In conclusion, the multi-band reconfigurable MIMO slot antenna design that has been proposed combines the concepts of frequency reconfigurability, multiband operation, improved isolation, and compactness, taking inspiration from the developments noted in the works cited. This cutting-edge antenna system has the ability to provide increased connection, spectrum efficiency, and overall performance in order to satisfy the changing requirements of wireless communication systems.


    The small antenna that is suggested has a wide bandwidth and strong directivity, making it ideal for MIMO array construction. There shouldn't be much signal correlation between the antenna elements of a suitable MIMO array. Therefore, it is important to position each element correctly in order to minimize coupling between antenna parts. Fig. 3 shows two possible arrangements for the directional antenna components. For comparison, the simulated S-parameters are also displayed in Fig. 4. Array-1's placement allowed for a compact geometry and a low mutual coupling, as shown in Fig. 4.

    Fig. 3. Two antenna array designs

    Fig. 4. Simulated S-parameter of Array-1 and Array-2.

    For Array-1, the mutual coupling between adjacent and opposite elements is below -14 dB and -18 dB, but for Array-2, it is only below -11 dB and -10 dB. The mutual interaction between opposed elements is significantly decreased by the square loop structure of Array-1. Additionally, Array-1's overall dimensions are merely 85 by 85 millimeters (0.68 0 by 0.68 0

    by 0.68 0).

    Fig. 5. Simulated and measured S-parameters of the proposed MIMO array


    The 3-D electromagnetic simulator ANSYS HFSS 15.0 from a commercial source is used for simulation. And Fig. 1 includes a list of the optimized settings. A MIMO antenna prototype is created and tested in order to validate the suggested design. Fig. 8 shows a fake snapshot of the scene. Using an Agilent N5230A network analyzer, the S-parameters are monitored. And in the anechoic chamber, the radiation pattern, gain, and efficiency are measured. Only one port's findings are shown because of the symmetrical structure.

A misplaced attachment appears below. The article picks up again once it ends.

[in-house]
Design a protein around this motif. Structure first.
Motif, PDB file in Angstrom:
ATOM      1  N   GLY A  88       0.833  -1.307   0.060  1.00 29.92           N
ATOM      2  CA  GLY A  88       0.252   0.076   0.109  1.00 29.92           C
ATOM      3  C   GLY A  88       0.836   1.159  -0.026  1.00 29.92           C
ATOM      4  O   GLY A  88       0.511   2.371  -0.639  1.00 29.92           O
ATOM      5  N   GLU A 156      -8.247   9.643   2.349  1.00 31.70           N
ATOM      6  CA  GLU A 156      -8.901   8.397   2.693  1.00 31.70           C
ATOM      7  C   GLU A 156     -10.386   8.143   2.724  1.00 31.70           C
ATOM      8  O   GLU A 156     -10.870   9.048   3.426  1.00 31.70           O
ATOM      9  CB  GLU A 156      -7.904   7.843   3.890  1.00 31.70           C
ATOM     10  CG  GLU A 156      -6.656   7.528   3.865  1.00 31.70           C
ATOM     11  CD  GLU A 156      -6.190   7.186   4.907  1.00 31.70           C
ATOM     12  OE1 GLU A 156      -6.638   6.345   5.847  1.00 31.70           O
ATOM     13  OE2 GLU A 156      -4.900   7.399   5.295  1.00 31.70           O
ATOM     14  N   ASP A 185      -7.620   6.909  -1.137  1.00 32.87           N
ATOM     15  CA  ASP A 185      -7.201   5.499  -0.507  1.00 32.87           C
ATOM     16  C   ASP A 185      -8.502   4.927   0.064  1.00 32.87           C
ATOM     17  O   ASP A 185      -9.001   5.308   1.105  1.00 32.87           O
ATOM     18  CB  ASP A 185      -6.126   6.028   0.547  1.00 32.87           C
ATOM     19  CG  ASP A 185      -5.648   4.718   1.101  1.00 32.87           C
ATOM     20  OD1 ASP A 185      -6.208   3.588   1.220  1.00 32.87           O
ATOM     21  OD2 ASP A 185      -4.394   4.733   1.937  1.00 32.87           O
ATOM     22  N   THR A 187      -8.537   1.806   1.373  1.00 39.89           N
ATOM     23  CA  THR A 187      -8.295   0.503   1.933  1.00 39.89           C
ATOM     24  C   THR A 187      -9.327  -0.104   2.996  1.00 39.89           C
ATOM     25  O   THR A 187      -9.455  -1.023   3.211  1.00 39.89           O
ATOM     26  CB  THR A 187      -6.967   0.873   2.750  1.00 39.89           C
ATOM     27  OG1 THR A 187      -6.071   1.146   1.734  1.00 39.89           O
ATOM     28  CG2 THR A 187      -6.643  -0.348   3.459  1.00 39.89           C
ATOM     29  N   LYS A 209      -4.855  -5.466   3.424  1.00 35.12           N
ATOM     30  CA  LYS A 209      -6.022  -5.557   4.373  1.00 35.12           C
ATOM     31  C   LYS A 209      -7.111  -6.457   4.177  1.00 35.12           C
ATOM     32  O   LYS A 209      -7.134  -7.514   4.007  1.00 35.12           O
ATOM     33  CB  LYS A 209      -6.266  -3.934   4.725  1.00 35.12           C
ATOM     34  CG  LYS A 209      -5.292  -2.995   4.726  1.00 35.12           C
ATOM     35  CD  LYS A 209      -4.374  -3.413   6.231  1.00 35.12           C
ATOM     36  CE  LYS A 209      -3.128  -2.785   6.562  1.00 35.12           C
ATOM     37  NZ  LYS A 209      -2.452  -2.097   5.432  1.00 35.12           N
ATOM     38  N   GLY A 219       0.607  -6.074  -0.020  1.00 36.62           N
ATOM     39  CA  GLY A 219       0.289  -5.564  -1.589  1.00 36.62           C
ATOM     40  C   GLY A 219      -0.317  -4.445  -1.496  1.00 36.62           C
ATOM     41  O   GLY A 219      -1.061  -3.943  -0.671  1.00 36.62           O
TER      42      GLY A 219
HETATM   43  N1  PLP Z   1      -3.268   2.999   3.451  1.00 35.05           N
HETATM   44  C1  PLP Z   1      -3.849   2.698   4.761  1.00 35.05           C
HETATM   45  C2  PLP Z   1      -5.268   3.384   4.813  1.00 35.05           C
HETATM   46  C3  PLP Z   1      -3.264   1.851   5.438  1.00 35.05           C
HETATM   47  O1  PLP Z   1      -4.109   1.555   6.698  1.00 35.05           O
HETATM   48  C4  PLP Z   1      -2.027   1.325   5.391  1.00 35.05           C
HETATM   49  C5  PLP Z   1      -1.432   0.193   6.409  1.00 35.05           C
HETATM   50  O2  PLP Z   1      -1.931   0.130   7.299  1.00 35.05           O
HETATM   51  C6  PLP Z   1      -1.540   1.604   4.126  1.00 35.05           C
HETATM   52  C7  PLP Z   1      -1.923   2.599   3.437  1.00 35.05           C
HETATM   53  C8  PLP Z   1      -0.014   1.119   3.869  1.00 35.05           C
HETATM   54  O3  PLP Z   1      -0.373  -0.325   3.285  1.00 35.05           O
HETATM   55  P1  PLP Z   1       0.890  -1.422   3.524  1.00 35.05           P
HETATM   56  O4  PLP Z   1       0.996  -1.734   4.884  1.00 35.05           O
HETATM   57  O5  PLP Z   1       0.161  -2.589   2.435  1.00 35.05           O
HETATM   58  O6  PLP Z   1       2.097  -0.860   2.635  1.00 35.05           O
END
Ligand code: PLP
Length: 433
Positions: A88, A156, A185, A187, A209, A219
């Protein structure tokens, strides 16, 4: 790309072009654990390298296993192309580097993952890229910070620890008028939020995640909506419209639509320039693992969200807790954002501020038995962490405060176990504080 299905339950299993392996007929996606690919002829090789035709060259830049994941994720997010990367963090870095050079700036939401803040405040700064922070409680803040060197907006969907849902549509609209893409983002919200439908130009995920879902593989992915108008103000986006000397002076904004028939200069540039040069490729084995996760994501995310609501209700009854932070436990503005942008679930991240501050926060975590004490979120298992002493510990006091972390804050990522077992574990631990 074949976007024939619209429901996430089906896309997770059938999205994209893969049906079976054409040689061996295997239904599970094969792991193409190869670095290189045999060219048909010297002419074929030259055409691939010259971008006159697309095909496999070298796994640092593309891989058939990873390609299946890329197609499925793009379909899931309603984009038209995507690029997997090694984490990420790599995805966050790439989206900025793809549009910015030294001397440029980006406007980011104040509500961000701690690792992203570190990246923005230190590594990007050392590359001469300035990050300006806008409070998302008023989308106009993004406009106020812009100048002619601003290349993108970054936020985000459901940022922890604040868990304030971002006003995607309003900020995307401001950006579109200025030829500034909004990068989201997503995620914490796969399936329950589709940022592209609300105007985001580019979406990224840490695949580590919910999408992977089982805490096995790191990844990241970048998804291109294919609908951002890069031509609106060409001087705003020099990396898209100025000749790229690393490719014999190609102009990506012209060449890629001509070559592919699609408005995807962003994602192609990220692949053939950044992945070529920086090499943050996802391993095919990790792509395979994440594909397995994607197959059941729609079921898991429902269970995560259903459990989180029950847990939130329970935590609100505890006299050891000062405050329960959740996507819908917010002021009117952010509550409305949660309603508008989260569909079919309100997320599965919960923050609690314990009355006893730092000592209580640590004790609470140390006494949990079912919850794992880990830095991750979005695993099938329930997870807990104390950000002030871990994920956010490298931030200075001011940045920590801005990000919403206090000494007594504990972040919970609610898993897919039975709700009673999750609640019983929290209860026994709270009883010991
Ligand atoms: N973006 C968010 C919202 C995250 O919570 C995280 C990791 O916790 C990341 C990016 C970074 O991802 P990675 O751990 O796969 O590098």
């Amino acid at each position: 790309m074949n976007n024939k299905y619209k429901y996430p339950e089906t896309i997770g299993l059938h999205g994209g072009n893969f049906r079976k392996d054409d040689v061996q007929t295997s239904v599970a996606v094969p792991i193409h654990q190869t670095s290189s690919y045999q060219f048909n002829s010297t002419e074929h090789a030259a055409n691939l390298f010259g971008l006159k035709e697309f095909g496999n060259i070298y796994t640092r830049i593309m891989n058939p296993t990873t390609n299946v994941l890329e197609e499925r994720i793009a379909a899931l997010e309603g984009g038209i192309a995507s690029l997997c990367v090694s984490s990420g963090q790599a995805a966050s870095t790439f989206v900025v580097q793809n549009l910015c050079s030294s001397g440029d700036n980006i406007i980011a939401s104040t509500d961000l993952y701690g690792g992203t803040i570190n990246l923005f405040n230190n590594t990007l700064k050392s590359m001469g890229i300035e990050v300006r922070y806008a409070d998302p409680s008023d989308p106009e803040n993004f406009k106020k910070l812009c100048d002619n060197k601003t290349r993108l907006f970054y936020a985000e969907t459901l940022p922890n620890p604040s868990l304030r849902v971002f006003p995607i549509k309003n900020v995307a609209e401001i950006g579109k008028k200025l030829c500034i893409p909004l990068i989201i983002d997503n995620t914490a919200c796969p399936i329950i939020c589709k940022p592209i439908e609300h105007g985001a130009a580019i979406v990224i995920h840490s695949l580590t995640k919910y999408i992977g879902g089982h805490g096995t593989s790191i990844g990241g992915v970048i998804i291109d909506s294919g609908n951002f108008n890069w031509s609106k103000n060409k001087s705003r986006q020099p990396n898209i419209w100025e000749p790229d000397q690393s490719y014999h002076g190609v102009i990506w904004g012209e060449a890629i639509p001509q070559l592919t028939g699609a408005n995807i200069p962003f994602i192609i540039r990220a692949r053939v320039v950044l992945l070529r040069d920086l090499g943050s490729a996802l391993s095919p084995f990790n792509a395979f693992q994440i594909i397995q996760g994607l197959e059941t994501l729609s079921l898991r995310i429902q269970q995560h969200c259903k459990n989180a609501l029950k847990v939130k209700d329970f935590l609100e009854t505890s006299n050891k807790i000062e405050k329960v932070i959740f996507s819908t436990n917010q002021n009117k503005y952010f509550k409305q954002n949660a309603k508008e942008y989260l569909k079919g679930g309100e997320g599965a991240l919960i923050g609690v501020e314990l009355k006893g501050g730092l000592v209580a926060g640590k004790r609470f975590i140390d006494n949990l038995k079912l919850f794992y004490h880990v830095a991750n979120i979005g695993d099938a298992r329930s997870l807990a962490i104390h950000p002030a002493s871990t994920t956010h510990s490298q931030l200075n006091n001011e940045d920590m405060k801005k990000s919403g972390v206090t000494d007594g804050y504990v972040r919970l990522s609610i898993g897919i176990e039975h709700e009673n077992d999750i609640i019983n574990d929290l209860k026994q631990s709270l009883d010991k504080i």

1. S-Parameters

      The simulated and measured S-parameters are displayed in Figure 5. To the central frequency of 2.64 GHz, the measured 10-dB impedance bandwidth is 23.9% (0.63 GHz, 2.32-2.95 GHz). As can be seen, the coupling |S12| for elements that are close to one another is less than -17 dB, while the coupling |S13| for elements that are far apart achieves better than -21 dB throughout the whole band. With the exception of a minor frequency shift in the lower band that may have been caused by fabrication tolerance, there is good agreement between the simulated and measured results. The measured outcomes suggest that the suggested antenna array satisfies the isolation and impedance matching requirements for WLAN, LTE 2600, and WiMAX MIMO applications.

      Fig. 5. Simulated and measured S-parameters of the proposed MIMO array

    2. Radiation Characteristics

    Figure 6 displays the measured and modelled radiation patterns in the xoy-plane (E-plane) and yoz-plane (H-plane). This demonstrates that the directional beam may be produced within the band. The 3-dB beamwidths in xoy-plane and yoz-plane are 78° and 142°, respectively.

    Fig. 6. Simulated and measured radiation pattern of the proposed MIMO array in

    xoy-plane and yoz-plane: (a) 2.4 GHz, (b) 2.7 GHz, (c) 2.8 GHz.

    At 2.4, 2.7, and 2.8 GHz, the antenna obtains an FBR of 17.4 dB, 12.5 dB, and 11.4 dB. Fig. 7(a) shows the measurement and plotting of the antenna's gain. At 2.5 GHz, 5.5 dBi of gain is seen to be the maximum gain, and the gain fluctuates between

    3.0 and 5.5 dBi. Within operating bandwidth, a flat gain of more than 3.0 dBi is attained. Meanwhile, Fig. 7(a) shows antenna efficiency as well. The efficiency measured is better than 83% across the entire band, and the maximum efficiency is at 2.6 GHz, according to the graph, which also shows the measured efficiency.

    Fig. 7. Simulated and measured results: (a) gain and efficiency, (b) ECC.


It is suggested to use a tiny, broadband planar MIMO antenna. The impedance matching of the single element is significantly

enhanced by the addition of a parasitic strip between the driven dipole and reflector. To address the low gain at upper band and increase the operational bandwidth, a metal director is also added. A four-element MIMO array is built to have a wide bandwidth, low correlation, and a small size by positioning the antenna element correctly. Due to the observed results, the low profile planar construction and tiny footprint of the MIMO array are ideal for many wireless portable device applications. The MIMO array has a compact size of 0.68 0 by 680 by 0.0064 0.